P.S. – the Technology Gods rapped me on the knuckles for this one. My phone and my internet were out for the first part of the day today!

12 Responses to “New York, Unplugged (Title by Tony Hurst)”

  • Alexis (@acarl1985):

    Jill, Loved the blog..and I have been so blessed to meet on several occasions over the last 2 yrs. You are definitely a character in my life story ;-D

  • Dale Hopson:

    Speaking of “Curtains” there’s a production coming up at Paper Mill Playhouse in Millburn, NJ, featuring “Reva & Josh” from “The Guiding Light”!

  • After the turmoil of the day, I finally got to your wonderful post. As a single person in NYC, I totally agree with your thoughts on getting out there even if you are solo. I’ve only been here 6 months, and I have a slew of friends already. I’m thrilled you have your Phil and all the others in your life.
    As to “So much life spills out onto the sidewalks” Monday night half the city was dining outside in that 81 degree delight. Can’t wait for summer with the outdoor events I have heard so about.
    Bettie

  • Daniel Hurst:

    Great points Jill! I know I am guilty of being too plugged in sometimes. Although technology does some great things, it’s just like the vast majority of everything else, too much isn’t a good thing.

    Daniel

  • Barbara Broumberg:

    Jill, I do the same thing with my old cell phone. It is so much more comfortable. Technology disconnects people.

  • Jill Lorie Hurst:

    Exactly, Barbara – you said in 3 words what it took me over 600 to say! Technology is a great tool, but the “disconnect” is kind of scary. I worry about young people who have spent so much of their lives glued to the phone, the computer etc…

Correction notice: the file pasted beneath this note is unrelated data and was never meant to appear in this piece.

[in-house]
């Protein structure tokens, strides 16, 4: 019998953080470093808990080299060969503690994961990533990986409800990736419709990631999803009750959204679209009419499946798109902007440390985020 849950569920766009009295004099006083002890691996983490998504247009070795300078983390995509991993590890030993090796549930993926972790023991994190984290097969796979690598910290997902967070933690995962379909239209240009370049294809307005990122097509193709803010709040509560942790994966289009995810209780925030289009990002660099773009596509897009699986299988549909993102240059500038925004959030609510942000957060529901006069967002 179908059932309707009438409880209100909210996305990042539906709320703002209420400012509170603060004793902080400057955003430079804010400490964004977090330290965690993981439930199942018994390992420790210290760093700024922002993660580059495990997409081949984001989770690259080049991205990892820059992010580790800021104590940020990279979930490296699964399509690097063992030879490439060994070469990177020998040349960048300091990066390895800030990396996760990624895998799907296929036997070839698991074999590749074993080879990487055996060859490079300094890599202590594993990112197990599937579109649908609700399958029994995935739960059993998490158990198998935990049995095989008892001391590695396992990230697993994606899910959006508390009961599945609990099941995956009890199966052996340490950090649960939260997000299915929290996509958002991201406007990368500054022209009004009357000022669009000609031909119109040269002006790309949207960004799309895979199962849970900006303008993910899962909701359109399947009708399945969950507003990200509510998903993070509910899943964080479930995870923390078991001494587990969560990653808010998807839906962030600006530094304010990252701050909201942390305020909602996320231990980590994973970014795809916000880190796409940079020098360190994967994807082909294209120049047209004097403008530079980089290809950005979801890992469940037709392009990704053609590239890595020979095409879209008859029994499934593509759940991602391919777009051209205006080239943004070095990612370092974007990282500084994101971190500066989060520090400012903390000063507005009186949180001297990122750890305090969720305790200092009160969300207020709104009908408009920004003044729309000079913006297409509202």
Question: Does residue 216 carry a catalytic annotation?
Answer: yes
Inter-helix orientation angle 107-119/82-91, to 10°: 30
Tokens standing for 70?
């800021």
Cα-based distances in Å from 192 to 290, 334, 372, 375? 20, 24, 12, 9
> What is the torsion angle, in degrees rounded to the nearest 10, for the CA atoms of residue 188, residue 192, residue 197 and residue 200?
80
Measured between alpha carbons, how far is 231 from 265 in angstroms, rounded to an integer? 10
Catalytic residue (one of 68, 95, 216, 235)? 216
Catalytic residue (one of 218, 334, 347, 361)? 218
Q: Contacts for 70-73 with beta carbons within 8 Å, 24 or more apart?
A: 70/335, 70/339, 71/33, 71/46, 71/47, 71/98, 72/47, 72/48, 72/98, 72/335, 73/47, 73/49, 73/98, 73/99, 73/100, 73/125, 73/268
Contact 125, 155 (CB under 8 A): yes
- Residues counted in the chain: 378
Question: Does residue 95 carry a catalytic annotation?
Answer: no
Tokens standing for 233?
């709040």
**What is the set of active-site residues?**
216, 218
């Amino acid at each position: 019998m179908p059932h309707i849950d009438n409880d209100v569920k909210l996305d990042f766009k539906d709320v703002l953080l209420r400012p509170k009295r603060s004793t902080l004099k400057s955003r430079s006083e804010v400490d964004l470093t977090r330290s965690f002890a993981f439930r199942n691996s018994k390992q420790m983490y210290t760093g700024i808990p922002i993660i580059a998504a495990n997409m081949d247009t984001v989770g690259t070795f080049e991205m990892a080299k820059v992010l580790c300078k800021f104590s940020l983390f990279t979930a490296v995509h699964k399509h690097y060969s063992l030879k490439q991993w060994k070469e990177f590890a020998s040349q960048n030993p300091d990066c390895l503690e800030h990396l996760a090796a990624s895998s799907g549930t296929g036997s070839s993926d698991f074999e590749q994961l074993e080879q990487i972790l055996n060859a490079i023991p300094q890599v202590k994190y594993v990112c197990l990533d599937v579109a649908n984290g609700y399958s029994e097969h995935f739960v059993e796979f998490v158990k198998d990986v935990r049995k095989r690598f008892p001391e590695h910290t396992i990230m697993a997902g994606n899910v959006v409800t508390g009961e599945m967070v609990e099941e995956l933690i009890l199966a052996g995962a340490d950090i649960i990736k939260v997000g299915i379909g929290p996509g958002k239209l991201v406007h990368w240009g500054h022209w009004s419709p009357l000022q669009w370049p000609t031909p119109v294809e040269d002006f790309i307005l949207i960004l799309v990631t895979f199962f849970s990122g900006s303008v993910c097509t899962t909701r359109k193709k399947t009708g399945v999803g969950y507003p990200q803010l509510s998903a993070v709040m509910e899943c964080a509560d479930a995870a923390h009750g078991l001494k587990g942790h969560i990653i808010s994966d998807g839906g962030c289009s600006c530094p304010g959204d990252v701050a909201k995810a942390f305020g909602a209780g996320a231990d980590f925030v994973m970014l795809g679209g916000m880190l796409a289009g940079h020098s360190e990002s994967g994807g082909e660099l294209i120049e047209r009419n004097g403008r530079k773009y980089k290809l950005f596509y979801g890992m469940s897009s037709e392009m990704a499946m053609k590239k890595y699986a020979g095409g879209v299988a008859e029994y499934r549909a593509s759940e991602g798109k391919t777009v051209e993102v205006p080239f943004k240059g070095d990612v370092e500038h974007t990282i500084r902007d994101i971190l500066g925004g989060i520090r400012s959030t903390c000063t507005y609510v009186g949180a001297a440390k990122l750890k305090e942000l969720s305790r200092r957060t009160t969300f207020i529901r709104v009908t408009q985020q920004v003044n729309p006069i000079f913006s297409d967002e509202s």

• alice mccracken hurst:

    I am teary with joy that you came into my life Jilly. Lucky Tony, lucky Scoutie, lucky Phil and lucky me. Very well written and making me hungry for more. One tomorrow? Please?

  • Jill Lorie Hurst:

    Thanks for the comments – I’m learning so much writing the blog, but the most interesting thing is reading the responses… Jill

    ps, yep, Dale – Kim and Robert are doing Curtains in NJ – Phil and I are going in May!

  • alice mccracken hurst:

    PS I’m glad it took you 600 words. 3 would not have satisfied me…

  • Ali:

    I love technology and do have things with i’s in front of them. But I know what you are saying. After one trip to somewhere I likely won’t get to again I realized I spent so much time looking through the lens of a camera that I hadn’t seen most of the things through my own eyes. I’ve learned to remember to put the camera down and really try to see and experience things.

    There is much good about technology such as how it can also connect us. Maybe not to the person sitting next to us in a theater but to the person sitting across the country or across the world. I’ve met my best friend via the internet. It can be an enhancement as long as you still raise your head up and look around you. Thanks for your blog Jill.

  • Jill Lorie Hurst:

    Ali, thanks for reminding me that it’s all about balance! Jill

  • Fifi:

    I love it Jill. All this past year or so I’ve just been existing. Maybe soon I will have the energy or gumption to just do it. Sooooo many times do I not go to a concert or something because I just can’t get it together or dont feel like going by myself or dont feel like contacting anyone.